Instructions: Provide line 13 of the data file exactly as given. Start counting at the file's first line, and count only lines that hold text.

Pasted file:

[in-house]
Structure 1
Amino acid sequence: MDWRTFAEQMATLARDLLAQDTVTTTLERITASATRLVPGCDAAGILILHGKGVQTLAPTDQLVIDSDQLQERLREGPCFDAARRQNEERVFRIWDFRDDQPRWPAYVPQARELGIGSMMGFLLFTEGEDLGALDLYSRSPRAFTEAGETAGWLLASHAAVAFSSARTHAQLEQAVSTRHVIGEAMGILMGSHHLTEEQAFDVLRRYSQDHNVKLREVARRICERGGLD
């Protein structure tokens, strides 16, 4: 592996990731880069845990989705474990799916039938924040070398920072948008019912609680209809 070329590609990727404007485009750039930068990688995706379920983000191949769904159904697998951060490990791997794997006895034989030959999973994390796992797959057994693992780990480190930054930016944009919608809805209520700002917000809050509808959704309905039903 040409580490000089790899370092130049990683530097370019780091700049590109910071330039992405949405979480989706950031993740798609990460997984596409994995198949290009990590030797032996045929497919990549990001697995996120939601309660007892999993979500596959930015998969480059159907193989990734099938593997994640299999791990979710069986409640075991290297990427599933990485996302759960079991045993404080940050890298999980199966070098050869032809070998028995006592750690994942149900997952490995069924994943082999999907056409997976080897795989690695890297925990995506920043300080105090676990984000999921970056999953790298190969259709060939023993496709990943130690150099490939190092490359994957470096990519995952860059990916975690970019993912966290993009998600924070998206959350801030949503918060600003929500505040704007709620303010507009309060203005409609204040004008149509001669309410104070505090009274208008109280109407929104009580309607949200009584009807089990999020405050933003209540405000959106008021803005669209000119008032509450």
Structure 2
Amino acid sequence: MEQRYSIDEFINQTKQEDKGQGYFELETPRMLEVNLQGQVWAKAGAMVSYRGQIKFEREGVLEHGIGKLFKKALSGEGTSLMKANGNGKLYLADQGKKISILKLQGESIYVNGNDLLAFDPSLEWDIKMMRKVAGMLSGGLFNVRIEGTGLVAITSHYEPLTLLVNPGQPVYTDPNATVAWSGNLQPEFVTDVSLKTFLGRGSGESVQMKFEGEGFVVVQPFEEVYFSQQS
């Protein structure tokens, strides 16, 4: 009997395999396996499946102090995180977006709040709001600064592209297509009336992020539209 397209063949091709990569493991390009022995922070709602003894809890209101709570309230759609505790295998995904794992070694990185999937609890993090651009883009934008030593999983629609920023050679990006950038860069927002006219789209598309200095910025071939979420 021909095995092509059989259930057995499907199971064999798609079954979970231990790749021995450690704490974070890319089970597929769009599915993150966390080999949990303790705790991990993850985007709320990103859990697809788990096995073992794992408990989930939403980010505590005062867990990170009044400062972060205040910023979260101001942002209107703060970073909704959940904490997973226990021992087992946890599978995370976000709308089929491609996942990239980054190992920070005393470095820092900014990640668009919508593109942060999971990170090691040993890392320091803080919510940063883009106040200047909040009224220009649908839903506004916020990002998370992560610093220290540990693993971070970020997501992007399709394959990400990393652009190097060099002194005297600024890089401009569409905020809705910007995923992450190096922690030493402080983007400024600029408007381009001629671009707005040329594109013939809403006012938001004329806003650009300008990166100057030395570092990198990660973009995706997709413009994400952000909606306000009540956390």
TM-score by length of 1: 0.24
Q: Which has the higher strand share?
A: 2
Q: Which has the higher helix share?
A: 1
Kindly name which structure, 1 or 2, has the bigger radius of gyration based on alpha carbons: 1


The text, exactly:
Kindly name which structure, 1 or 2, has the bigger radius of gyration based on alpha carbons: 1